Lloyds Bank apologises to over 200 small firms after ex-HBOS boss was jailed for aiding £1billion loan scam

LLOYDS Bank has apologised for “distress” caused by a £1billion loan scam gang which forced small businesses into crippling debts.

Former HBOS executive Lynden Scourfield, 54, was bribed with escorts, holidays and gifts by corrupt financier David Mills, 60, to divert up to 200 failing firms into the scam.

The pair and four associates were jailed on Thursday for a total of more than 47 years.

Now Lloyds Banking Group will carry out a review to decide whether to compensate the victims of the fraud.

It is understood around 50 firms are already being considered, but the number could rise as the bank is asking customers to step forward if they think they have been scammed.

Lloyds has come under pressure from MPs and campaigners to help the small businesses affected.

On Monday, the All-Party Parliamentary Group on Fair Business Banking demanded Lloyds bosses provided “proper compensation” for businesses defrauded by the scam.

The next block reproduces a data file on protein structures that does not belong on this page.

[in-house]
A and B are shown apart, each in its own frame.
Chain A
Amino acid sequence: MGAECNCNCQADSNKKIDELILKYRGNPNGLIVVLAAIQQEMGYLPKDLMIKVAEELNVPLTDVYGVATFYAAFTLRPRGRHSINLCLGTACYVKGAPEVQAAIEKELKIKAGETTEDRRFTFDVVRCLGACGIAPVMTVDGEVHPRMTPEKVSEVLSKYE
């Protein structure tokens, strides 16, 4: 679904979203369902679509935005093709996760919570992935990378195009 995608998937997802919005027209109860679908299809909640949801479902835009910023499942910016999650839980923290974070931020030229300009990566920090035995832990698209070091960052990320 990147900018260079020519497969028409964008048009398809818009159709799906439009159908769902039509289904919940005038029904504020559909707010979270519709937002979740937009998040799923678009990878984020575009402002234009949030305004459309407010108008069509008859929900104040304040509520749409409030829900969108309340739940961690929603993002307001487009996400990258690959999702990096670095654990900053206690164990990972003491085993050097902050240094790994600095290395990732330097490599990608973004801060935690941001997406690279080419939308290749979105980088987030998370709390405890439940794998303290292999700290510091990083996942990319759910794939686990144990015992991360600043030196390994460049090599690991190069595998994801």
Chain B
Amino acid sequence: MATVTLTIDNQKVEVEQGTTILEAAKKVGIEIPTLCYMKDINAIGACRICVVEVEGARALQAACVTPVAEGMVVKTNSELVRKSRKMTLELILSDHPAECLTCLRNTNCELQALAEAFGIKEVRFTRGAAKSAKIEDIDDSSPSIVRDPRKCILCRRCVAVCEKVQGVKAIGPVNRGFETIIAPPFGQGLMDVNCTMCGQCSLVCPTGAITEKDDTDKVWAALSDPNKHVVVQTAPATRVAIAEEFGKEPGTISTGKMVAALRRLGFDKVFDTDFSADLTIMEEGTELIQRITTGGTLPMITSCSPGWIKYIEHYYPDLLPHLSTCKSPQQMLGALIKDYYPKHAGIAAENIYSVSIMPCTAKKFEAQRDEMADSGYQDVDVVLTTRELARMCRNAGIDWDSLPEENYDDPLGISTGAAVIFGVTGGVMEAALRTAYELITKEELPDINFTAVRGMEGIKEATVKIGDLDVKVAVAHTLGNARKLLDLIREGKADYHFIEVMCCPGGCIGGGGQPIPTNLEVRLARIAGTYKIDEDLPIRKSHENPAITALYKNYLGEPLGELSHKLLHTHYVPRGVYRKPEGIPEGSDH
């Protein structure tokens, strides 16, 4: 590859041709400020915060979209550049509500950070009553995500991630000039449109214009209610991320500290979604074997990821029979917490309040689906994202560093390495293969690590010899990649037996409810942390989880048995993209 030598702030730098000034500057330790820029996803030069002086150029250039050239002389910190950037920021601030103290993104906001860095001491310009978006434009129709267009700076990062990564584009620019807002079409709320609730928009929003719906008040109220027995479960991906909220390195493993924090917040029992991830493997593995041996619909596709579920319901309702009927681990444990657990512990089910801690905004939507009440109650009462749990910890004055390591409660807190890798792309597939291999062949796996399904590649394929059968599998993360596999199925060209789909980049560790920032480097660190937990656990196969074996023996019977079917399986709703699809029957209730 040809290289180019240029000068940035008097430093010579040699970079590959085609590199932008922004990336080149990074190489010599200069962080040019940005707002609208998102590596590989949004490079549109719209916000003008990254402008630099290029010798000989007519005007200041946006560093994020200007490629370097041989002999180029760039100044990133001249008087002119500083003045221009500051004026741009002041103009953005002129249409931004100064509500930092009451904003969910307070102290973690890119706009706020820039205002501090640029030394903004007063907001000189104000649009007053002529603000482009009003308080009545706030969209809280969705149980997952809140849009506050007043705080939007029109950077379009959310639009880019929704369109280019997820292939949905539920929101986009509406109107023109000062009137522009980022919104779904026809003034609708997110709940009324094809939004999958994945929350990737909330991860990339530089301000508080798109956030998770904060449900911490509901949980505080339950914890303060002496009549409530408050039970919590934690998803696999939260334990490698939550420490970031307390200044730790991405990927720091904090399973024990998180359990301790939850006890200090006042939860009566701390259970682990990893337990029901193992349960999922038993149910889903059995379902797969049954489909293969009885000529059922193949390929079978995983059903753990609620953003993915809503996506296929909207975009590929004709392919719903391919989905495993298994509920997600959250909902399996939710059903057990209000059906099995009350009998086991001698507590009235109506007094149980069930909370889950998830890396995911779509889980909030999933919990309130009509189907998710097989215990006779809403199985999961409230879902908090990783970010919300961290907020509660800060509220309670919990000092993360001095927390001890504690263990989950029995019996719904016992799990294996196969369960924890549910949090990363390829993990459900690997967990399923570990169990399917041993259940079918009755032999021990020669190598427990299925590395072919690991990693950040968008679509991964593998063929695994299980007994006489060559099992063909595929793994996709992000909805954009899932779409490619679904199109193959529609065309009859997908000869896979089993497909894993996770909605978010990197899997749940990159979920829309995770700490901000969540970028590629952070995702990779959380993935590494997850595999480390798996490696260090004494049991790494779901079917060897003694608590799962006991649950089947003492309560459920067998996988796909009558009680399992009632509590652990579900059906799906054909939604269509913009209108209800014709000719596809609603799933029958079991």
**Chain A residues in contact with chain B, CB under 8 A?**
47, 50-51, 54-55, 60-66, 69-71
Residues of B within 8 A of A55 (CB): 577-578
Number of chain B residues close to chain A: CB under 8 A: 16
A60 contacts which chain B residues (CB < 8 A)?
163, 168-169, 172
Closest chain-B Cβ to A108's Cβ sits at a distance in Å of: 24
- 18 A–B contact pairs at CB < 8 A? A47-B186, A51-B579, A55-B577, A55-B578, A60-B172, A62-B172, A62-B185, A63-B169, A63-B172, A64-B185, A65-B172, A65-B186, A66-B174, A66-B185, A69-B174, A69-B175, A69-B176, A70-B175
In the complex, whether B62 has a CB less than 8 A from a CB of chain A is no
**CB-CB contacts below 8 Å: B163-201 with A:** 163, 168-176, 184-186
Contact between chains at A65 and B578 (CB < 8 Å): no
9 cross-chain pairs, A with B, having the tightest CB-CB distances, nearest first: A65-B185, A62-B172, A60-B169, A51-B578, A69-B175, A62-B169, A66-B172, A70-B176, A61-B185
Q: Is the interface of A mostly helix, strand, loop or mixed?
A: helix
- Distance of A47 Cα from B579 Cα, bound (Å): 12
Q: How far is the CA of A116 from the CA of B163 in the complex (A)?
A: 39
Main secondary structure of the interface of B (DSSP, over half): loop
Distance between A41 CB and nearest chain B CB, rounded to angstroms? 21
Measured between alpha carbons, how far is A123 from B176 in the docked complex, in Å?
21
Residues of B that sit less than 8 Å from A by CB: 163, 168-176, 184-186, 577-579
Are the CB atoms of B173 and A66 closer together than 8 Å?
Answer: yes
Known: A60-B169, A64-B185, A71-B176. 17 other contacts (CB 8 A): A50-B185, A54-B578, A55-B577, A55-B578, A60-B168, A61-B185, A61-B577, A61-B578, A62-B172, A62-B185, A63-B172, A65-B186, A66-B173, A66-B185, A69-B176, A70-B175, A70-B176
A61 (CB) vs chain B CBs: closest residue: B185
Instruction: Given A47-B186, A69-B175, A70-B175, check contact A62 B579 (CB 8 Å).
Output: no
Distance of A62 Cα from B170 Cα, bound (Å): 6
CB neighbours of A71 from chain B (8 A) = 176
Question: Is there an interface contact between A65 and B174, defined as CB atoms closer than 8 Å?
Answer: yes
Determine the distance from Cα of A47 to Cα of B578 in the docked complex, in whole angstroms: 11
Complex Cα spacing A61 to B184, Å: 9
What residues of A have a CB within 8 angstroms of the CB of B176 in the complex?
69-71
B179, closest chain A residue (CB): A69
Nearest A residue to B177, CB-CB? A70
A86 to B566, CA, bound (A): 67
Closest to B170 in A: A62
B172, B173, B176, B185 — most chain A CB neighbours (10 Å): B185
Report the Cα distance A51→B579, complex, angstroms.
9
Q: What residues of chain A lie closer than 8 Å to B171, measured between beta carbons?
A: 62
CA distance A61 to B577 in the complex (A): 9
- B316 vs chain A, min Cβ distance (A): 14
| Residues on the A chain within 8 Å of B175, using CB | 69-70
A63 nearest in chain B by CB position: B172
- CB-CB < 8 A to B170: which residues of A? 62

It said neither HBOS nor Lloyds, which took over the bank in 2009, had adequately investigated complaints small business owners made about Scourfield.

In an open letter from the APPG to Lloyds chief executive Antonio Horta Osorio and chairman Lord Blackwell, SNP MP George Kerevan said: “There are a large group of aggrieved business people who have lost their livelihoods, some their homes and, critically, have endured years of financial duress and personal stress.”

In a statement published yesterday, the bank said: “Customer cases will be considered afresh in light of all relevant evidence including new evidence that emerged during the trial.

“Since the investigation began in 2010, it was important that the [banking] group did not do or say anything that could subsequently prejudice the trial.

“The group deeply regrets that the criminal actions have caused such distress for a number of HBOS business customers.”

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Lloyds is in talks with finance regulator the Financial Conduct Authority to appoint an independent organisation to carry out the review.

It will assess customers who had dealings with Quayside Corporate Services – a consultancy firm ran by Mills – and any cases referred by convicted former HBOS staff to the firm.

At Southwark Crown Court last week, Scourfield was jailed for 11 years and three months and Mills for 15 years.

Accomplices Michael Bancroft, 73, was jailed for 10 years, Mark Dobson, 56, for four-and-a-half years, and John Cartwright, 72, for three-and-a-half years for their roles in the fraud between 2003 and 2007.

Mills's wife Alison, 51, was sentenced to three-and-a-half years.

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